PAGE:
Ukrainian interest. Tillerson's debut, Stoltenberg's optimism, and Ukraine-EU Summit
Rex Tillerson became the first high-ranking official from Donald Trump administration to visit Ukraine. Kurt Volker shaped his idea of Ukraine through a series of meetings in Kyiv. Jens Stoltenberg stressed that NATO's doors remain open to Ukraine. The Ukraine-EU summit was held without a final declaration. Russia showed its unscrupulousness to long-time partners from Siemens.
U.S. Secretary of State met President Poroshenko and with the team of young reformers during his Kyiv visit. The chief U.S. diplomat reiterated the need to fight corruption with the call for the creation of an anti-corruption court. He also reaffirmed Ukraine in U.S. position regarding the Donbas conflict by appealing to Russia to change its stance on eastern Ukraine. Poroshenko stressed that Tillerson had briefed him on the outcome of Trump-Putin talks in Hamburg, also assuring the Ukrainian president that the situation in Crimea remains in Washington’s constant focus. Kurt Volker, the newly appointed U.S. Special Representative for Ukraine, an official with the experience of an intel operative and a diplomat, stayed in Ukraine for several days.
It is interesting that the White House began to spin the topic of alleged intervention by the Ukrainian Embassy in the course of the U.S. presidential campaign of 2016. It is doubtful that such assumptions can in any way be flattering to the Ukrainian diplomats. Allegations are more likely to be a distracting maneuver from the accusations of Donald Trump, his family and proxies in excessive contacts with various representatives of Russia.
Chiefs of the United Nations and NATO, Antonio Guterres and Jens Stoltenberg, have also visited Ukraine this week. Guterres limited itself to symbolic statements on supporting the restoration of Ukraine's sovereignty, while the Alliance chief was more verbose and substantive. He recalled that NATO trust funds had allocated over EUR 40 million for Ukraine, stressed that it will only be NATO Allies who will consider the issue of other applicants joining the Bloc. Stoltenberg’s visit and the meeting of the Ukraine-NATO Council were timed to coincide with the 20th anniversary of the signing of NATO-Ukraine Charter on a Distinctive Partnership. It should be recalled that over these years, the former Soviet republic has repeatedly changed its stance toward the Euro-Atlantic path. I want to believe that the stage has finally ended of Kyiv’s vague multi-vector behavior in its relations with NATO.
It is unlikely to be a coincidence that, following said visits, a draft law on the future reintegration of Donbas leaked to the Ukrainian media, suggesting a change in the ATO format into a special legal regime, in which the Joint Operational Staff created by the General Staff of the Armed Forces will be assigned the main role. Although this controlled information leakage is more reminiscent of probing soil, it is obvious that it is necessary to replace the outdated format of actions in Donbas, and to increase the level of legal protection for the Ukrainian military. Besides, the formation of legislation to counteract hybrid aggression does not lose its relevance both for Ukraine and other European countries.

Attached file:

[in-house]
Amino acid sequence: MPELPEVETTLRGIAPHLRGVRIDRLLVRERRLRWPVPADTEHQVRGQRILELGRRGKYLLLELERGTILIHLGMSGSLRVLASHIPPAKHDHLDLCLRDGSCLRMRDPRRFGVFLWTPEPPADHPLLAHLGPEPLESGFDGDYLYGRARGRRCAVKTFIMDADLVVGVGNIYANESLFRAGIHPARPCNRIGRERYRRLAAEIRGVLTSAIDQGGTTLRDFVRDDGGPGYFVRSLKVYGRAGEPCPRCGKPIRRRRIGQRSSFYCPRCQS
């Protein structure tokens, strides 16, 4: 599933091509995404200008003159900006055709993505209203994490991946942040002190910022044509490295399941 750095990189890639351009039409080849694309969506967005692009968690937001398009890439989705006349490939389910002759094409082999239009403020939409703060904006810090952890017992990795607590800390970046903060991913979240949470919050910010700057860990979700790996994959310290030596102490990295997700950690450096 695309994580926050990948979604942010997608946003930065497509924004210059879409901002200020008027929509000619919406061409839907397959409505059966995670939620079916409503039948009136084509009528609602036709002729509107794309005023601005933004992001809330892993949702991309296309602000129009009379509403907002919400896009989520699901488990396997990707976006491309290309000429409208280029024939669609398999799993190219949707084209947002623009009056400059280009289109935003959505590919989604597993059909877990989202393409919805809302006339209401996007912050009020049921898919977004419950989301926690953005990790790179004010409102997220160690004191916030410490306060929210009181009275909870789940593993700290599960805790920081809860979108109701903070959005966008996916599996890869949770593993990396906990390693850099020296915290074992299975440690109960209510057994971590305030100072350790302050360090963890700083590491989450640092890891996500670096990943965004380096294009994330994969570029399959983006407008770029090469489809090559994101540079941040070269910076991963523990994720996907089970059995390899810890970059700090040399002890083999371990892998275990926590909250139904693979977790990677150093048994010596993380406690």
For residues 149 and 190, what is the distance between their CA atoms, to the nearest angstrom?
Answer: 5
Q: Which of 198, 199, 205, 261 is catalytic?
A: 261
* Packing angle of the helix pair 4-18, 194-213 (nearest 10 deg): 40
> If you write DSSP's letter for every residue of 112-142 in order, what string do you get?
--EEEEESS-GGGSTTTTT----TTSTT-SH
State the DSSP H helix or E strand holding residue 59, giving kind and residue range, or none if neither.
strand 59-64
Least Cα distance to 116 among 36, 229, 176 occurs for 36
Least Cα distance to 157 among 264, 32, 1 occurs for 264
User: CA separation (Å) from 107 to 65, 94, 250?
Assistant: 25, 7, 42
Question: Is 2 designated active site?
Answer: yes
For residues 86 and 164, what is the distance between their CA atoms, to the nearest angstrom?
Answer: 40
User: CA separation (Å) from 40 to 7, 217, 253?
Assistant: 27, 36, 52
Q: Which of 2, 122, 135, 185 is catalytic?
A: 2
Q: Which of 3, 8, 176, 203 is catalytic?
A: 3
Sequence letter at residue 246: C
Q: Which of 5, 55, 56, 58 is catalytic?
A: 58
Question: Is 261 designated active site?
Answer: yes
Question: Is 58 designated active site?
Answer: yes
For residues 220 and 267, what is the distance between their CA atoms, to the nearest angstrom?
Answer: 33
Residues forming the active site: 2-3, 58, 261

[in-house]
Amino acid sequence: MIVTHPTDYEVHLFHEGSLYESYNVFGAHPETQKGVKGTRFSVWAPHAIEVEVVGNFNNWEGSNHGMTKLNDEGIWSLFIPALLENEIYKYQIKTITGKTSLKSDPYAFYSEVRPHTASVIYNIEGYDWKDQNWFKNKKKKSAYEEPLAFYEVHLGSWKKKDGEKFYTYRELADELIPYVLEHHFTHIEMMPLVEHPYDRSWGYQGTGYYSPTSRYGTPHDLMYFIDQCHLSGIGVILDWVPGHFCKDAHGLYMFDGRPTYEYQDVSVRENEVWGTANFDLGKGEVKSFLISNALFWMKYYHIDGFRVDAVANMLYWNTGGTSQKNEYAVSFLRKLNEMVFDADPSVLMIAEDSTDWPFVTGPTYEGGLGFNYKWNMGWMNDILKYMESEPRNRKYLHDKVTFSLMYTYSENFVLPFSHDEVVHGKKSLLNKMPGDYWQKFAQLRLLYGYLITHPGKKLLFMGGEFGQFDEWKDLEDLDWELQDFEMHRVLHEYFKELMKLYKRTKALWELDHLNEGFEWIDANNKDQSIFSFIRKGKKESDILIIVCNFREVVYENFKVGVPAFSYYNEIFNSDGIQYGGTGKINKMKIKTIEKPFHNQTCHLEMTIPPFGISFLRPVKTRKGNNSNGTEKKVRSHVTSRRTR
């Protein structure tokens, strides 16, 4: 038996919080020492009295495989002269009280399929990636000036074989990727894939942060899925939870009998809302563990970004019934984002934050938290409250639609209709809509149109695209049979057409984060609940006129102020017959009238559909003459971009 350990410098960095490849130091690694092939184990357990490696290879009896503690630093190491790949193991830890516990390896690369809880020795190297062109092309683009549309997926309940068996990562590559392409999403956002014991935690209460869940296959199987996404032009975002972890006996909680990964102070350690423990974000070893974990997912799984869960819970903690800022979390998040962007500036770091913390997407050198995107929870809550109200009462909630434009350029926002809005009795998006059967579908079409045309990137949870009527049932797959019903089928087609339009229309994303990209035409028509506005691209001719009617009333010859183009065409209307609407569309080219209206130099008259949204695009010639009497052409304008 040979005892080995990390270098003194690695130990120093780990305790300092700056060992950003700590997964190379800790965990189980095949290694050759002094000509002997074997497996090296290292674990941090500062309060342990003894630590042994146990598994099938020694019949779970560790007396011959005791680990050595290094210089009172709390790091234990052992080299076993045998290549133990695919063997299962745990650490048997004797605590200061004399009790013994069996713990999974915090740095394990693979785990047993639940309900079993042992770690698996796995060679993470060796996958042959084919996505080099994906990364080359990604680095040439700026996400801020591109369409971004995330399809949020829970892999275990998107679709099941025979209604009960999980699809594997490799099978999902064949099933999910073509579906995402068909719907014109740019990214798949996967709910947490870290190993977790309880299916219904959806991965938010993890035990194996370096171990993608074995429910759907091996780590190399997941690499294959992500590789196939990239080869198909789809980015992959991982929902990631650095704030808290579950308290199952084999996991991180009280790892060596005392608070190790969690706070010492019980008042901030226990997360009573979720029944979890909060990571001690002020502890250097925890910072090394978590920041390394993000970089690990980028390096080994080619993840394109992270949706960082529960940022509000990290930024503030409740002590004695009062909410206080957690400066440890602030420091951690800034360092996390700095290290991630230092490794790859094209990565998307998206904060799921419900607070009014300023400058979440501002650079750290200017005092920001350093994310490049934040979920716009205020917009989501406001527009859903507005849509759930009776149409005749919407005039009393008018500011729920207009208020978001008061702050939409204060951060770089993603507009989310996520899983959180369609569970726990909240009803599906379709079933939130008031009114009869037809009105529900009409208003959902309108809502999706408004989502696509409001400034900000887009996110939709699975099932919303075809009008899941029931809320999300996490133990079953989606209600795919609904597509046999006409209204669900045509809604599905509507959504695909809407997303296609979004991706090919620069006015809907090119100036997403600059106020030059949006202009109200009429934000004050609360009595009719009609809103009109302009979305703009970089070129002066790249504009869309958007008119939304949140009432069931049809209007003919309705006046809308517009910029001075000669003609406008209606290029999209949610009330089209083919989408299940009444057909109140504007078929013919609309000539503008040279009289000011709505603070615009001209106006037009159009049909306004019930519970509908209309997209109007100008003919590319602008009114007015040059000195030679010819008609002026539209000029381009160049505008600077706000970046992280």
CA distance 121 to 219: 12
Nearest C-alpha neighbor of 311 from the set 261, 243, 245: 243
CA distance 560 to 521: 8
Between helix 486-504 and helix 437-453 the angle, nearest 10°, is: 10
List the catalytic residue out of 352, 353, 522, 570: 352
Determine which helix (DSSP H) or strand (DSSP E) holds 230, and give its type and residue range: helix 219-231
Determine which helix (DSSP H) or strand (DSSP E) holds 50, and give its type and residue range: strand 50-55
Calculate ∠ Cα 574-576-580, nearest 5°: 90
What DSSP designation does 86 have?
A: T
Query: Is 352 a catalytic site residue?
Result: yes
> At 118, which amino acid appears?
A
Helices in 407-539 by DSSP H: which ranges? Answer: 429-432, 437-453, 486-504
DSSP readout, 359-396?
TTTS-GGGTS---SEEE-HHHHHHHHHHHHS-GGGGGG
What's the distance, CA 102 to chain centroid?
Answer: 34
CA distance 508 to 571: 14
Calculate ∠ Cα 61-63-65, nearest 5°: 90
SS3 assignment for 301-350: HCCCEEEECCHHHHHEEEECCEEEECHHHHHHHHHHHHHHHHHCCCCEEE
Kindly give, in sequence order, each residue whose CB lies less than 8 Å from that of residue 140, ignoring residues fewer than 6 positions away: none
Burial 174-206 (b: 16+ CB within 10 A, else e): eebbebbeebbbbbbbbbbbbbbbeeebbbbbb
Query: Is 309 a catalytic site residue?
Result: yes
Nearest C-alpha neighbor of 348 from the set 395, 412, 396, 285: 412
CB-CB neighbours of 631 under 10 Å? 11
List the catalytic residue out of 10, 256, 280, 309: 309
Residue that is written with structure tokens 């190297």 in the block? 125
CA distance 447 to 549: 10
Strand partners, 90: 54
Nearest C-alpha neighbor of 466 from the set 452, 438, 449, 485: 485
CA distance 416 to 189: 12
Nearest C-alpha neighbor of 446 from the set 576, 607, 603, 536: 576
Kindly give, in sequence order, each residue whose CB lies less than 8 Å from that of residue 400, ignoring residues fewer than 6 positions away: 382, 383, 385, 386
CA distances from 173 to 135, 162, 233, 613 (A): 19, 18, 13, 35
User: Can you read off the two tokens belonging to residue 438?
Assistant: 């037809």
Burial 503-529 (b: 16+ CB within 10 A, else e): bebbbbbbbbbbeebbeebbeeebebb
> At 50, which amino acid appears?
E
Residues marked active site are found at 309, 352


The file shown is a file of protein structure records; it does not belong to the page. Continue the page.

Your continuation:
The Ukraine-EU summit in Kiev left mixed impressions. On the one hand, the rapprochement was confirmed through the provision of a visa-free travel for Ukrainians and the completion of the process of ratification by the European Union of the Association deal. On the other hand, the Dutch reluctance to see in the final statement the reference to "European aspirations" of Ukraine has led to the fact that no final document was adopted. There is nothing strange in such position of Mark Rutte, that’s because he sealed his victory in Dutch elections, having made corresponding promises. Ukraine should not dwell on the lack of some final statements, but ensure real changes, for which both Jean-Claude Juncker and Donald Tusk have called Kyiv authorities.
Another welcome message is that Federica Moherini and Jens Stoltenberg, without conspiring, said that the EU and NATO do not have common approaches with Russia on the Ukraine crisis. Putin’s visit to Valaam island may bring new escalation - not at the front line, but in Russia’s religious affairs. After all, the anniversary of the baptism of Rus is approaching. Meanwhile, Russia taught its European partners an excellent lesson what it’s like to deal with the Kremlin, not only by bringing the Siemens-made turbines to the sanctioned Crimea, but also by trying to justify itself in a very childish manner.